The historic claims of the Cheshire are dubious, which are the best kind of claims for a pub, and they have no firm grip in anything resembling history.  Cheshire’s claim to fame is the it was built, or rather, re-built in 1667, which rather happily coincides with the Great Fire of London, in which most of the pubs were destroyed and the fact that Dr. Samuel Johnson was a regular.

A list of famous people who actually did visit this pub reads like a who’s who of  Victorian and Edwardian literature: Mark Twain, Charles Dickinson, G.K. Chesterton, Alfred Tennyson, to name a few.  This is a far greater claim to fame that Dr. Johnson, but who am I to question marketing decisions?

Ok, the food is nothing to write home about.  It is an interesting place because of it’s history, so don’t go for the food.  The real magic happens in the front room.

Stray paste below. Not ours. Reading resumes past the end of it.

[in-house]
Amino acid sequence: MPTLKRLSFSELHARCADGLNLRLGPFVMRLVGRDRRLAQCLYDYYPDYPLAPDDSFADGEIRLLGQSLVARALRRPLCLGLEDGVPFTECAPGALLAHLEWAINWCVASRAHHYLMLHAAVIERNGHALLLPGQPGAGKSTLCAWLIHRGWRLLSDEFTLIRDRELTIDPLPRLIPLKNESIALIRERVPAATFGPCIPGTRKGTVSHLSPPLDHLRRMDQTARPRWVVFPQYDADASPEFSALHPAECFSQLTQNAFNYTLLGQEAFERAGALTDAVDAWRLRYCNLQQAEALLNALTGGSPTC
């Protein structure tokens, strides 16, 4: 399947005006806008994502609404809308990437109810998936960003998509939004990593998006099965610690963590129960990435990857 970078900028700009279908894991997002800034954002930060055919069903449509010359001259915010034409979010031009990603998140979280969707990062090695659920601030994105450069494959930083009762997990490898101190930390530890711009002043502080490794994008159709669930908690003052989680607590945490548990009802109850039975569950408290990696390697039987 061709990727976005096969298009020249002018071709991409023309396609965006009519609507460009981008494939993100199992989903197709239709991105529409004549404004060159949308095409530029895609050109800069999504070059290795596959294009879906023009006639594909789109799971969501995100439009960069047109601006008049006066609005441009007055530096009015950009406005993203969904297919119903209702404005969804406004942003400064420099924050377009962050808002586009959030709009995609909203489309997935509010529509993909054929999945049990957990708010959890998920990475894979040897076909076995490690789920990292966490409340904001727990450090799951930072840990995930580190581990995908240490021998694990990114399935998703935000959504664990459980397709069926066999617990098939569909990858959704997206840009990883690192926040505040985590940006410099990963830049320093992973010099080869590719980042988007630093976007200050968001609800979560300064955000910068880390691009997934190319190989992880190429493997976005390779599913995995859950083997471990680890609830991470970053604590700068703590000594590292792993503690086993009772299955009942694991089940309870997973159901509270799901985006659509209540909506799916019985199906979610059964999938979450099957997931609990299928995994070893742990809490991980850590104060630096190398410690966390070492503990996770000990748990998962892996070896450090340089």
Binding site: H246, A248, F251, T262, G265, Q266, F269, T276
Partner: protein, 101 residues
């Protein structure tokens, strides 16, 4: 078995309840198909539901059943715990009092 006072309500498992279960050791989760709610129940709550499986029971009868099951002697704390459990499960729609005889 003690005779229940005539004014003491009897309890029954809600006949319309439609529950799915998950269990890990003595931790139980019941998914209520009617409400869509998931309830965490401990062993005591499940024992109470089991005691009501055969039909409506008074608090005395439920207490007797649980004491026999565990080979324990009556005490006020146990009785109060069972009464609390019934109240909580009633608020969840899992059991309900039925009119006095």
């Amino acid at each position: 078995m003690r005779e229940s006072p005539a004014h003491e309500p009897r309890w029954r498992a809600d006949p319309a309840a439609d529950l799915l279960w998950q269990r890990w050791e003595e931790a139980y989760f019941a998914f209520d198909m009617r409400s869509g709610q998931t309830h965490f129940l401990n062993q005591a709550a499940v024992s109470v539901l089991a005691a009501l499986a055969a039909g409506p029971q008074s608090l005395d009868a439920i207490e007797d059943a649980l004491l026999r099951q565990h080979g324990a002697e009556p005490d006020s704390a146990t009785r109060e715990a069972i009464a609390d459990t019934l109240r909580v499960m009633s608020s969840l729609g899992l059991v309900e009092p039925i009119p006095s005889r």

What I call the “front room” exemplifies everything I ever thought a pub should be.  A small room with a gloomy charm, from the grey afternoon light seeping in from the high glass-paned windows to the rickety pock-marked table right down to the sawdust on the floor, this small room represents everything I could ever want in a pub on a Saturday afternoon.

Ye Olde Cheshire Cheese, London, England
Ye Olde Cheshire Cheese, London, England

At every point, every pub was the new place.  What’ s to say that the pubs and sports-bars of today won’t be the classic British pubs circa 2012 in fifty years?  The whole point of the public house is to be public.  It is a gathering place for people.  Have you ever noticed that each pub is different, but the feeling it creates is the same?